Mealybugs have been around for a long time. There is a relatively new, invasive mealybug that may be attacking your grapes.
Traditionally, California grape growers have had to watch for grape mealybugs, obscure mealybugs, and long-tailed mealybugs. These species generally do not cause significant problems, as long as their populations do not get out of hand. They are easy to recognize because of the clusters of grey, soft-bodied females gathering on the underside of leaves and in nooks and crannies. The invasive vine mealybug is another problem altogether.
Vine mealybugs (Planococcus ficus) are native to the Mediterranean areas of North and South Africa and Europe. Vine mealybugs were first seen in California in the mid-1990s and had spread to 17 California counties by 2011. Vine mealybugs are now considered a significant pest of grapes, figs, avocado, apple, bananas, mango, citrus, date palm, and several ornamental plants.
Vine mealybugs are difficult to see because they spend most of their lives protected under the bark, on roots, and around developing buds. Only during spring, when they become active again, can you sometimes see them moving away from the roots and trunk and into the leaf canopy. By summer, vine mealybugs may be found under the bark of first- and second-year canes, among fruit clusters, and under leaves. Sometimes, ants can be seen providing the mealybugs with transportation to their summer feeding grounds.
Vine mealybug description
Vine mealybug females are 1/8 of an inch long, pink, oval-shaped, and covered with a white, mealy wax that also covers filaments (spines) along the sides and posterior end. These filaments are shorter than those seen on other mealybugs, and there are no long tail filaments. Like their cousins, vine mealybugs have a segmented body. Males are tiny, winged, and you’ll probably never see them, unless you have a 30x microscope. They are 0.7 inches long, amber colored, with beaded antennae, one pair of wings, and 4 tail filaments that may stick together. It is important to know which mealybugs you are dealing with. If you see mealybugs, try to collect some and place them in a sealed plastic bag, or in a container of alcohol, and take them to your local County Extension Office for identification. This also helps authorities better understand the spread of this invasive pest.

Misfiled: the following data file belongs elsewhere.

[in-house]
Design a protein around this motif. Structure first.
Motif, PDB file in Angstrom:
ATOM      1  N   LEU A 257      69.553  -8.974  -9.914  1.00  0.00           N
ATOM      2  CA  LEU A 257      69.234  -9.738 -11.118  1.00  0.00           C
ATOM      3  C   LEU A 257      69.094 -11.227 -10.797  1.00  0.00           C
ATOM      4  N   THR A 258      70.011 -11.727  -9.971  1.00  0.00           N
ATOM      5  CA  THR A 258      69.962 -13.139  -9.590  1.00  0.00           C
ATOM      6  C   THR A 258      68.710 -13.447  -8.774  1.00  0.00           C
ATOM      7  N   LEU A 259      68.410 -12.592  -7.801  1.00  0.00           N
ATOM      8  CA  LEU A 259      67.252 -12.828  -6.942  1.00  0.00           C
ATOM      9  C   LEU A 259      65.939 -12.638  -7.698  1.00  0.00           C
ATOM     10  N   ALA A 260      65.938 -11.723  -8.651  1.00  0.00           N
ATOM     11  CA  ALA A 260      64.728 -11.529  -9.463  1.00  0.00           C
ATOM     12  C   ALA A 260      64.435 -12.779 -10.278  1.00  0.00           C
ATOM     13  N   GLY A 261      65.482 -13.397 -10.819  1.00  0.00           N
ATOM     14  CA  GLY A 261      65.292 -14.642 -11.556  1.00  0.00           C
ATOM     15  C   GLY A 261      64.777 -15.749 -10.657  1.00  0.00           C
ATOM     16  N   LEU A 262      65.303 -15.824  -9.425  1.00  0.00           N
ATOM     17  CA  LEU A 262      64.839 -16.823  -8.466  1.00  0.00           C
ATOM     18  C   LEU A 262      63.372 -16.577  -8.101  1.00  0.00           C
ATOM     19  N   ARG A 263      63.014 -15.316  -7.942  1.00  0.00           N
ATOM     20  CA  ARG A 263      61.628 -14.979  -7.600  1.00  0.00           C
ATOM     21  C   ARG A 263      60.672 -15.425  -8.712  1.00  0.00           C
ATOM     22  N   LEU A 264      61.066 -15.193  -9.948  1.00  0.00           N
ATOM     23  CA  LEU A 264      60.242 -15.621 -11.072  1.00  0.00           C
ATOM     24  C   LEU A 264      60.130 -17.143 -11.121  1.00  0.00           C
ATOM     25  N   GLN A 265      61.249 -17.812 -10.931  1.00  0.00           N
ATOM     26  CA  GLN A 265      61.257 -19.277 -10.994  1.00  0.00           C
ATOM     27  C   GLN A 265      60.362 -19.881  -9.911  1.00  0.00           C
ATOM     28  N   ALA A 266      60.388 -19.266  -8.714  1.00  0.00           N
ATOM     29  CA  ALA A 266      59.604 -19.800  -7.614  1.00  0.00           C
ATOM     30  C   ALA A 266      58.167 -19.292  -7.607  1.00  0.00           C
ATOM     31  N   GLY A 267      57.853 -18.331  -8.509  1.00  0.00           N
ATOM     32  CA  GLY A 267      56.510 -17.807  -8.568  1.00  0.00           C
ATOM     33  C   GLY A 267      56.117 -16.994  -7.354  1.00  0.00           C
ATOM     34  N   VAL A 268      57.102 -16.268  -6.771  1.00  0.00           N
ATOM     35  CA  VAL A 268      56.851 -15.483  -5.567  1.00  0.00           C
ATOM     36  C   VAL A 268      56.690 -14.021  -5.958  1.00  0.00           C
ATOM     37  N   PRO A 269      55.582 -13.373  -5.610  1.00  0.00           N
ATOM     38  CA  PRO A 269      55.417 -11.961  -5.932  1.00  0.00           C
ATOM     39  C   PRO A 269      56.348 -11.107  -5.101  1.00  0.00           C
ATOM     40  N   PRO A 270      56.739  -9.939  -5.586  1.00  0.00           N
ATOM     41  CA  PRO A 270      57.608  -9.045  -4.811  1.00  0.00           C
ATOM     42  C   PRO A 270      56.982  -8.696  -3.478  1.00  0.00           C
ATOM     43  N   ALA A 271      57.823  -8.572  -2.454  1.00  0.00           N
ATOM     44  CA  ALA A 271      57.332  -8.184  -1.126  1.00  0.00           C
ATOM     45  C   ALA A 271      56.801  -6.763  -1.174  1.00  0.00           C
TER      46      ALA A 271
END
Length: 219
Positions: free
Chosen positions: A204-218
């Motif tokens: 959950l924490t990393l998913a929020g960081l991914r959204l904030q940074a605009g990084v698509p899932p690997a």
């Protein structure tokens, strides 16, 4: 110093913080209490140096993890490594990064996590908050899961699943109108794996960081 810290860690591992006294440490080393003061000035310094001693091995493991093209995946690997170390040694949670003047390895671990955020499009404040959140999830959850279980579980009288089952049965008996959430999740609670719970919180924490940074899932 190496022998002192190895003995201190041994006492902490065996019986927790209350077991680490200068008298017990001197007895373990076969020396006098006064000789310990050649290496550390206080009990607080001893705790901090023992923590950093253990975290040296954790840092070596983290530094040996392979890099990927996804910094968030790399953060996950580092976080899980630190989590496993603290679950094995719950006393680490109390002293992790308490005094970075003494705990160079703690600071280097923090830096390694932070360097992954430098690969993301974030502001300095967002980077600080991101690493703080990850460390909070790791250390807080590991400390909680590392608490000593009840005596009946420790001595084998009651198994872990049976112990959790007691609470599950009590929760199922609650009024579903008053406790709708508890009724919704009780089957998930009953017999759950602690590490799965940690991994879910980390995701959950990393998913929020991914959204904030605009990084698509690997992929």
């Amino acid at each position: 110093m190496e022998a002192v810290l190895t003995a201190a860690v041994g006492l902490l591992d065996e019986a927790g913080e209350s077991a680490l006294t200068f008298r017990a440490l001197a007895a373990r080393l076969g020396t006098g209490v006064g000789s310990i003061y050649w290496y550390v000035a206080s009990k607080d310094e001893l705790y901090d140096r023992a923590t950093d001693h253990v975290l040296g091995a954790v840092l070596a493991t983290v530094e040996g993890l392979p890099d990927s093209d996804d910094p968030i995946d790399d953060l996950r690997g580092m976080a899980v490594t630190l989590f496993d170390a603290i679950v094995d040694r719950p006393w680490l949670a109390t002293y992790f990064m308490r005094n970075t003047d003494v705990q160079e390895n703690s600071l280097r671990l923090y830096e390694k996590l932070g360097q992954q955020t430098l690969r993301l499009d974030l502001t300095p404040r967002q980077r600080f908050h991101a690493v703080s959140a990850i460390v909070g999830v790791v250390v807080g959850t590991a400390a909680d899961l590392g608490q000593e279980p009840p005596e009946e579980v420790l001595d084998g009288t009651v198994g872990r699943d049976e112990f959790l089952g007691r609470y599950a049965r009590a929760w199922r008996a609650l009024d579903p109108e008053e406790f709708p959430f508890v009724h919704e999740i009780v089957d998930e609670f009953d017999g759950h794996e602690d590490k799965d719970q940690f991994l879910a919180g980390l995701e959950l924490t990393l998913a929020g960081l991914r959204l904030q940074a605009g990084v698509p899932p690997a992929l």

Vine mealybug lifecycle
In summer, females lay 300 to 700 eggs in the leaves above the fruit in little pouches, called ovisacs. First instar nymphs, called crawlers, are orange and very tiny. During winter, only nymphs are present. They can be found hiding under the bark around the graft union, below the base of spurs, and around pruning wounds. There can be 3 to 7 generations a year.
Damage caused by vine mealybugs
Vine mealybugs are phloem sap suckers that produce significantly more honeydew than native mealybugs. This honeydew attracts protective, disease-carrying ants and creates a growth medium for sooty mold on fruit clusters. These invasive pests can also carry grapevine leafroll viruses and corky bark disease. Vine mealybugs reproduce at a much faster rate than their native cousins.
How to control vine mealybugs
Being an invasive pest, vine mealybugs do not have as a many natural predators as their native cousins. Because vine mealybugs are such a serious threat to California grape growers, parasites of these particular mealybugs have been released in the state. This has helped somewhat, but eradication appears to be impossible at this point. Since these beneficial insects are unavailable to the home grower, the best things you can do to protect your vines is to inspect them regularly, especially during spring, monitor and control ant traffic with sticky barriers, and to quarantine new vines and other plants before installing them. Also, sanitize your tools regularly. Vine mealybugs also feed on burclover, malva, black nightshade, sowthistle and lambsquarters, so controlling these weeds can also help prevent infestation.
Protecting your grapevine from vine mealybugs is an important step toward providing your family with fresh, delicious, organic, homegrown grapes.
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